Hong Kong experienced over 79 days of mass protests and civil disobedience in 2014. Such events which were initiated as the Occupy Central movement quickly evolved into what is now known as the Umbrella Movement or Revolution. What happened on the streets of Hong Kong after 9/28 (28th September 2014) was a new precedent never witnessed on such a large-scale.
Who lead the Umbrella Movement?
There have been many suggestions that the Umbrella Movement was, in fact, a leaderless protest. To an extent that was the case, however, a more holistic approach to the understanding of leadership would argue that although there were no pre-designated leaders, it is clear that leaders arose from the crowds during the 79 days. A leader, particularly in the context of the Umbrella Movement, was effectively any person that could yield influence in Hong Kong. Initially, the Occupy Central with Love and Peace group tried to use marshals to manage the protesters, however, this clearly failed as OCLP was effectively sidelined after the first few weeks. The speakers on the main stage in Admiralty were only as effective as the counter-voices among the crowds below hence it is not possible to directly pinpoint the leaders of the Umbrella Movement. It is easy for the anti-Occupy and pro-China movement to label the HKFS, Scholarism and OCLP as the leaders as they want to scapegoat someone for the current situation that Hong Kong is now facing, however, closer inspection shows that the question of leadership in the Umbrella Movement should rather be one of who and to what extent a person is of influence.
The role of music and the anti-Occupy movement
Music plays an important role in society and culture with the Umbrella Movement being no exception. Music and visual arts were a prominent aspect of the Umbrella Movement both as an instrument of unity and a weapon of attack. Music is a key part of storytelling and, in my opinion, was used in the Umbrella Movement as a tool to frame the narrative of a peaceful people’s struggle against a ruling authority. The presence of several semi-well known musicians at the protests along with the singing at night created an atmosphere that was inviting to others further giving the impression that the protests were a people’s struggle. Pro-democracy protesters often sang Happy Birthday to anti-Occupy protesters in trying to diffuse the situation. I did not personally witness any altercations between Umbrella and anti-Occupy protesters however the Happy Birthday song was used as a meme in trying to ridicule the anti-Occupy movement. At the end of the day, music and the arts are part of the grander scheme were the loudest tune will be heard whilst others regardless of its intent or message will be drowned out. The Umbrella Movement was a question of leadership both in the protests and at the wider level about the governance of Hong Kong.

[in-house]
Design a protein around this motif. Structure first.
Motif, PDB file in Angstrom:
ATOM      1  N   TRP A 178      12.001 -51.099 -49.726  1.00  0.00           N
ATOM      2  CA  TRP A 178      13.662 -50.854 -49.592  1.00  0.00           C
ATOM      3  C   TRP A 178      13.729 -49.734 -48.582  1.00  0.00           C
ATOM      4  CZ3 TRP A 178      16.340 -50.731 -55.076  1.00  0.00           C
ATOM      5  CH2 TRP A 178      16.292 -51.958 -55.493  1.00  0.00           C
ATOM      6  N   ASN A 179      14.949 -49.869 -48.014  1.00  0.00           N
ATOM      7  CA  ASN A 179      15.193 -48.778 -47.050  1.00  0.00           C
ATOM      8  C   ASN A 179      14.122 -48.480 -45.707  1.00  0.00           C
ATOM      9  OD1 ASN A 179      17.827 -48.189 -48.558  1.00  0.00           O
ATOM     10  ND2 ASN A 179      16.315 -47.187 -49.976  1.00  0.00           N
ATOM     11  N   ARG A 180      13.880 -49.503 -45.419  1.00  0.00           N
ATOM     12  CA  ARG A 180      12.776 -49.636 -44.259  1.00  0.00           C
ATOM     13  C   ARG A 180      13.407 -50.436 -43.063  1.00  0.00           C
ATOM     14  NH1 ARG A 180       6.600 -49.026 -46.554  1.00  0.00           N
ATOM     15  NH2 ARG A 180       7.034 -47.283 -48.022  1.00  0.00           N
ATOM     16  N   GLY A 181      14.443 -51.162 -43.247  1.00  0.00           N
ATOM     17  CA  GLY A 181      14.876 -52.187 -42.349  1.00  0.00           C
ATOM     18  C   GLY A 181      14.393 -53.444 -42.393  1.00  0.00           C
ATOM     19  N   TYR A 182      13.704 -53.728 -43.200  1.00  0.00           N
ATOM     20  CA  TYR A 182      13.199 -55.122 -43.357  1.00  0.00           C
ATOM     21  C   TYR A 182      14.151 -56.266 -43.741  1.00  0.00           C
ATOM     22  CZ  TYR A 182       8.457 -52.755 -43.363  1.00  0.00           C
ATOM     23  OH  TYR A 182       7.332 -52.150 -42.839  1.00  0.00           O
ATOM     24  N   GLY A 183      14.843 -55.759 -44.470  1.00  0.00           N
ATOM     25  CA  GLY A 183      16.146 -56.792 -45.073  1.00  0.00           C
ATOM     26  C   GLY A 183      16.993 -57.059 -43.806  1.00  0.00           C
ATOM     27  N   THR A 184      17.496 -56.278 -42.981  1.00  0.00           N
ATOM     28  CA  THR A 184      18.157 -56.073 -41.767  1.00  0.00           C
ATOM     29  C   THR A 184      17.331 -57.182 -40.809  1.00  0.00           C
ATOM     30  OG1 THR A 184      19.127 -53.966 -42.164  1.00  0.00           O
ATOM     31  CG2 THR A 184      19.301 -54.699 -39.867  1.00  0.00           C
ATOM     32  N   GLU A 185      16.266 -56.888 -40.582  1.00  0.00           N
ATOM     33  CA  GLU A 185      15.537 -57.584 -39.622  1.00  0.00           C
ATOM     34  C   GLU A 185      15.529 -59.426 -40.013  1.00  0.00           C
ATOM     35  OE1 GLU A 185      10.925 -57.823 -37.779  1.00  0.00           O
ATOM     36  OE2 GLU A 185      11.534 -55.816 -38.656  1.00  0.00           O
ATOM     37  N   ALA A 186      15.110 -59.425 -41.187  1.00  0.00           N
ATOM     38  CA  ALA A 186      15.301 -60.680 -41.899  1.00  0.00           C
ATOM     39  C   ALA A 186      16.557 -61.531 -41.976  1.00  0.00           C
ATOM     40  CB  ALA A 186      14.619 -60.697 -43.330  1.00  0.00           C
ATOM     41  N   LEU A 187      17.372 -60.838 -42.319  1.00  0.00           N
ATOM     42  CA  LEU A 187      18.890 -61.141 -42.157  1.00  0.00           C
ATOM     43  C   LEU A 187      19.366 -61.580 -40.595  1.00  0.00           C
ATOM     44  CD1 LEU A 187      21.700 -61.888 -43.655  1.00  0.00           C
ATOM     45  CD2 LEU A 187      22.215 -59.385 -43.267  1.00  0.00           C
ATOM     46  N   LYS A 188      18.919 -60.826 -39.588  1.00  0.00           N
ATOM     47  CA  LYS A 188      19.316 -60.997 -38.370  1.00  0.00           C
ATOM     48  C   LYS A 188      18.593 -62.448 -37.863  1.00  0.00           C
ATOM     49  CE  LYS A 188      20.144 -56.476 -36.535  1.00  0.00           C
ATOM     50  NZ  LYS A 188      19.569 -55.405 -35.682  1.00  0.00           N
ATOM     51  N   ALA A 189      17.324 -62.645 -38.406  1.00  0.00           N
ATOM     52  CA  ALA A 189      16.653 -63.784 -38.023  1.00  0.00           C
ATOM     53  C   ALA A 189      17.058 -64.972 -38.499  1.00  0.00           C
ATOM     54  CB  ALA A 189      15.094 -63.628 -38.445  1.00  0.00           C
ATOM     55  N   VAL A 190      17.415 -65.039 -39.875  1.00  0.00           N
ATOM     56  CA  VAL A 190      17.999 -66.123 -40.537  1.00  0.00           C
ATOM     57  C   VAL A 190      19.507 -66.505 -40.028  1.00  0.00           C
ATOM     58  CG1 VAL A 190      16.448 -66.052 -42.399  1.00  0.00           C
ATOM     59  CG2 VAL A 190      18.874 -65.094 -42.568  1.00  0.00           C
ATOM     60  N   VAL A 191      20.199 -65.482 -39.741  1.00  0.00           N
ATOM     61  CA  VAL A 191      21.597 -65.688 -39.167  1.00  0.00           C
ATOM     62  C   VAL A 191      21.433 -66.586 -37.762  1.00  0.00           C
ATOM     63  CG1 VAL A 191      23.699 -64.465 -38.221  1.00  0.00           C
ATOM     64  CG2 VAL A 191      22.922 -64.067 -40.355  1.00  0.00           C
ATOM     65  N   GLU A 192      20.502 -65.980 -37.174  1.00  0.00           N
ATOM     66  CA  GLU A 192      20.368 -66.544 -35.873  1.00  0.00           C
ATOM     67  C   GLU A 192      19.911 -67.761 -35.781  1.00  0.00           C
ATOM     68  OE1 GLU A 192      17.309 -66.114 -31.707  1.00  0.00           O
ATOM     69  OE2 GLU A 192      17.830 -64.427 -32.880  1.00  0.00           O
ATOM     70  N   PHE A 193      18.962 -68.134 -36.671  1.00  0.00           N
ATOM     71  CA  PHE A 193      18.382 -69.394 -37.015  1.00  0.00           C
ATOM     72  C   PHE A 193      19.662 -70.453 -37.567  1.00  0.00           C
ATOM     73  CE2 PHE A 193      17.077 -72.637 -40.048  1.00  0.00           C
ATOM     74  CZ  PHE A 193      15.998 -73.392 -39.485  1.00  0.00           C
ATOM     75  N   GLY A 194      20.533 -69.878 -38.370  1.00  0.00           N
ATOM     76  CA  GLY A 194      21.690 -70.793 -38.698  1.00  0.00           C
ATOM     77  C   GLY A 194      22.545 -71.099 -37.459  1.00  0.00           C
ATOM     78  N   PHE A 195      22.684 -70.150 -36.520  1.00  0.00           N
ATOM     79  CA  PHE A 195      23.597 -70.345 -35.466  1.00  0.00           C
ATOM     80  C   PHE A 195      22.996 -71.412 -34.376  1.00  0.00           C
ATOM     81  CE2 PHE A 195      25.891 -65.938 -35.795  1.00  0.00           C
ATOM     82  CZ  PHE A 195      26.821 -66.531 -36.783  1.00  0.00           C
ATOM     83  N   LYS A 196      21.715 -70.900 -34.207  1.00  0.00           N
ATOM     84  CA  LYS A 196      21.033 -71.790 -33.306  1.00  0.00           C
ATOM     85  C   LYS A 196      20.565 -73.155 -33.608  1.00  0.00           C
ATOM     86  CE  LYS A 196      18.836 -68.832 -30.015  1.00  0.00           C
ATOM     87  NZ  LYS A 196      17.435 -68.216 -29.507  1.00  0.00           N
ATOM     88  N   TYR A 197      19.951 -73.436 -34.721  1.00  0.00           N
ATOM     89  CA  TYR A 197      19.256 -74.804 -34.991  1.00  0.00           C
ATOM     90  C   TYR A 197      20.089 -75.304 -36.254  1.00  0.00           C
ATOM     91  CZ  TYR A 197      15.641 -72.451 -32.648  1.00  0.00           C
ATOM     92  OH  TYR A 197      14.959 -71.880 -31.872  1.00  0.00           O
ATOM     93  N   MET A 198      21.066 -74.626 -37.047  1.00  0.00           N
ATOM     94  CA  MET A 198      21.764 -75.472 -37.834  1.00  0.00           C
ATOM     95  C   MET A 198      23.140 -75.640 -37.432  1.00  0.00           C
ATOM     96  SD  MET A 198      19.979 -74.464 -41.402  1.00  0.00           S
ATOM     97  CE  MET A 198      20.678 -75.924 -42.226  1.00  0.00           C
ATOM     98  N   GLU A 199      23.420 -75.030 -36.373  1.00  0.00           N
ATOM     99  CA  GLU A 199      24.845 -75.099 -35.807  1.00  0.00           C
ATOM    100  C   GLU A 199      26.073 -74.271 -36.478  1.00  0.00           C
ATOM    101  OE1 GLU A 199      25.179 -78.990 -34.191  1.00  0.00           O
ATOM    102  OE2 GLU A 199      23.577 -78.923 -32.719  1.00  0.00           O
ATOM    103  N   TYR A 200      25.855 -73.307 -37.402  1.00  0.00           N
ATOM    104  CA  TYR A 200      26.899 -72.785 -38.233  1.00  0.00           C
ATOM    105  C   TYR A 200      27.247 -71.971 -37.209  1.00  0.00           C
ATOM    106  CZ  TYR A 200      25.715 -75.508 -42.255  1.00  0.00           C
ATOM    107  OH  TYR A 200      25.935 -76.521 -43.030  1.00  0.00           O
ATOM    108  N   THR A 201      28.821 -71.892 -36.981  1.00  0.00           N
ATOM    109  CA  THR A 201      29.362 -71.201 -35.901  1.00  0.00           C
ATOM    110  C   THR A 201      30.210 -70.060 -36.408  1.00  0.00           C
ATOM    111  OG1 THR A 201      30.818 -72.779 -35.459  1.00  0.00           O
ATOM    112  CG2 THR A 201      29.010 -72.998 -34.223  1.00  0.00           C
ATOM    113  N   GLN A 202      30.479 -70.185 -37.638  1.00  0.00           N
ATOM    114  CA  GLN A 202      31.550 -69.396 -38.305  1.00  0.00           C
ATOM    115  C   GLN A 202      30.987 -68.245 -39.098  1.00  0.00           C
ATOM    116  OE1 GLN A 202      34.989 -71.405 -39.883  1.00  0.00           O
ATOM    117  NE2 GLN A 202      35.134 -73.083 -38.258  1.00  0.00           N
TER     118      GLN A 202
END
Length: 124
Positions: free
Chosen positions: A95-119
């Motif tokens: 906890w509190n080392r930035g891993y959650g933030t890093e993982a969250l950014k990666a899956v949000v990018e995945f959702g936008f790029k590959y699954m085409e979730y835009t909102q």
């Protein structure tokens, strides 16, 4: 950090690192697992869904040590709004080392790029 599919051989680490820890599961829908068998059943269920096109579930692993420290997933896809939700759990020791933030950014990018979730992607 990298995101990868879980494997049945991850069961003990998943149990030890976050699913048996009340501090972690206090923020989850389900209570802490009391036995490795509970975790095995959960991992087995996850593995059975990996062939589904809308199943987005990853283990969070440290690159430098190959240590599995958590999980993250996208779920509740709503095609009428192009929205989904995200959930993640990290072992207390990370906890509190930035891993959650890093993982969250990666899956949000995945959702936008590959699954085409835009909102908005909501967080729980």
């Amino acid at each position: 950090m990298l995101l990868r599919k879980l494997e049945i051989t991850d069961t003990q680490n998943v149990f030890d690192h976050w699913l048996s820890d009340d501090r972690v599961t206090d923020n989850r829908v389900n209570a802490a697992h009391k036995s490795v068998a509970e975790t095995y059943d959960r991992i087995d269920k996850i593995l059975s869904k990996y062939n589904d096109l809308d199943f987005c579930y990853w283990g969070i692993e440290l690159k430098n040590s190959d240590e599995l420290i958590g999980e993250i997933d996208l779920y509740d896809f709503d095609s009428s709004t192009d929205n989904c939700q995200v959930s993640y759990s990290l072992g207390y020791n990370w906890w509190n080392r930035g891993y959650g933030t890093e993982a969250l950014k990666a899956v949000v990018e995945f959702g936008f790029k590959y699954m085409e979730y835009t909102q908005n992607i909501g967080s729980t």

This article was first published in The Typewriter
Roydon Ng is a freelance journalist, blogger and web designer based from Sydney, Australia.